Whenever I told someone I was going to visit Cali, they would look at me funny and ask why. Cali, a large city near the Pacific coast but separated from it by a mountain range, is not an especially popular tourist destination. There aren’t loads of interesting things to see and do, but the city is famous for its obsession with salsa, and I went there hoping to get a flavor for the culture and do some dancing. Unfortunately, because my short trip was poorly timed, I didn’t get to go out dancing, but I did get to do a few fun things around the city.
I arrived mid-morning on a Saturday at Green House Hostel, a quiet and friendly place located in the Normandie neighborhood, right next to the river. It seemed to attract a nature-and-extreme-sports kind of crowd, and there were organized paragliding trips, but I opted to stick with exploring the city for my two days there. The first thing I did was take a walk to the other side of the river, where there are two hilltop churches, Iglesia San Antonio and Iglesia San Cayetano. The churches themselves are nice but not especially impressive, but they do have decent views of the city, which helped me get oriented. On the way, I passed through Parque de los Gatos (Park of the Cats), which is named for the collection of cat sculptures painted with a variety of clever and interesting designs, my favorite of which was the Nine Lives Cat (below left). Some of these cats are also located in other parts of the city, like Nature Cat (below right), who lives at the zoo.
I then walked along the river about two miles to the zoo, which is one of the things that everyone says you should see if you visit Cali. The walk was really quite nice — the river is small but cleaner than the one in Medellín, and the path is long and mostly unbroken by intersections, which makes it a popular trail for runners. As I should have expected on a Saturday afternoon, the zoo was packed with families. It was a nice place to spend a few hours walking around outdoors, and the exhibits were pretty well done, but it wasn’t the most impressive zoo I’ve ever seen, and I have my issues with animals in captivity. I mostly went for the purpose of reporting back to my sister, who is a zoologist, on the experience.
I wanted to go out dancing that night, but I did not realize that it was the night before major national elections, when it is customary for bars and clubs to remain closed, presumably so that everyone gets up early on Sunday to go vote instead of staying in bed nursing hangovers. So, like a good citizen, I went to bed early.
I meant to get up early too, in order to hike up Cerro de los Tres Cruces, a very tall hill on the western edge of the city where urbanites go to get as close to “hiking” as possible within city limits. However, my inability to set my alarm correctly meant that I missed my chance to avoid the midday heat, which meant that I also missed my chance to follow the crowds to the trailhead. I couldn’t find online any detailed explanation of where the trail began, but I knew it was in the neighborhood of my hostel, so I took to the streets and started walking uphill.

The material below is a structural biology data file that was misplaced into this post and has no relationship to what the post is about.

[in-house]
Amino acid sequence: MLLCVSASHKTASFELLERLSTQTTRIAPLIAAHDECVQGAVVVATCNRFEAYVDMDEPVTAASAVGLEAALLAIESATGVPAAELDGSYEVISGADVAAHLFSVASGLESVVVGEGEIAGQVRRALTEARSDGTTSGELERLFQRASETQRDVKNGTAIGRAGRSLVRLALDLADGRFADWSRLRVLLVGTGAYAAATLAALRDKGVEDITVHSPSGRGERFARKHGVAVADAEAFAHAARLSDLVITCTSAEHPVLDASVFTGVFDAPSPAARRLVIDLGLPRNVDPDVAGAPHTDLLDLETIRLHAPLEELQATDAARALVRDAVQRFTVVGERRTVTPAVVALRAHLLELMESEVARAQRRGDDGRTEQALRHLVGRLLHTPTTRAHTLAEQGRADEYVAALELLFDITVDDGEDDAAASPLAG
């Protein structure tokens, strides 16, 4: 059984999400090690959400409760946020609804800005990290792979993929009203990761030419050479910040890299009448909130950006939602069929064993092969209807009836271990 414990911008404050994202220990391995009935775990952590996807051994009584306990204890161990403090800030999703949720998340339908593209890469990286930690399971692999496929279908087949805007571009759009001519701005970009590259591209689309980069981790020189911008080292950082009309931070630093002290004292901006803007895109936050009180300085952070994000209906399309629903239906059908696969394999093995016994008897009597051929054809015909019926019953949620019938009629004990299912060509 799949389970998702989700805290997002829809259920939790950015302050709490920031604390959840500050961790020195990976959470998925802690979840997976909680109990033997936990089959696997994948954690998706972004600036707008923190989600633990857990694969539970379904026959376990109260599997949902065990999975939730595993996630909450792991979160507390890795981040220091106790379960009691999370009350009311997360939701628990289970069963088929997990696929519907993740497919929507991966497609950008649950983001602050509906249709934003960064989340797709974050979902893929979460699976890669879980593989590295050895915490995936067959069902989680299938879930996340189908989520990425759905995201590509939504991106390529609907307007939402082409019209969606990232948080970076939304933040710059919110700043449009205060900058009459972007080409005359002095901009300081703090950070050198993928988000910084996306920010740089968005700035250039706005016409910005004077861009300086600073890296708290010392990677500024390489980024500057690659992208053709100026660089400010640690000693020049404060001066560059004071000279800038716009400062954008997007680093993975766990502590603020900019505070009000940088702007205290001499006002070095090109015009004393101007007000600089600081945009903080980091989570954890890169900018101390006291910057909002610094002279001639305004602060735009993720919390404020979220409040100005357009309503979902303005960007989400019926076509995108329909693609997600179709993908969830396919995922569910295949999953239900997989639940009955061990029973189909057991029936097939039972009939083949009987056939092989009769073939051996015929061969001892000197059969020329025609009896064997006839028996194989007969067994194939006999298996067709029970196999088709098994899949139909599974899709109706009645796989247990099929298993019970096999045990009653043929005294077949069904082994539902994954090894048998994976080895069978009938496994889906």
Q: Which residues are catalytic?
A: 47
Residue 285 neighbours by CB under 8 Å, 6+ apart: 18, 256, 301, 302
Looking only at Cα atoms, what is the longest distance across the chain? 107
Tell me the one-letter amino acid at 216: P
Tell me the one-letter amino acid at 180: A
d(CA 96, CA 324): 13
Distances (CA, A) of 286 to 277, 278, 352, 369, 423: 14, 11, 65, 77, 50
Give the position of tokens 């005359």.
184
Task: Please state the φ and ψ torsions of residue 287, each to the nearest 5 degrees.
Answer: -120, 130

Unfortunately, I made a wrong turn and walked for about fifteen more minutes before I realized that it was definitely not the right way. On my way back down, I encountered a local girl about my age who was about the make the same mistake, and we joined forces to discover the true path. We found it pretty quickly and continued up the hill together. The trail isn’t very long, but it is not for the casual walker — it’s very steep, and there are sections that border on bouldering. It’s also not really a “nature” trail, since it is so heavily traveled and so close to the city, but it’s the closest thing the great outdoors you can find without actually going to the countryside. It took us about 45 minutes to reach the top, where there are three gigantic crosses alongside an outdoor gym and a hoard of local hikers and mountain bikers buying water, smoothies, and snacks from entrepreneurial vendors. It was a fun way to get some exercise, and there are great views of the city along the way.
As I was told before I went, Cali is more of a city for living than a city for visiting, unless it’s during the annual salsa festival or some other special event. I have met a few people on my travels who gushed about Cali and ended up spending months there instead of the few days they had planned on, but I think it takes some deeper exploration to discover that side of the city.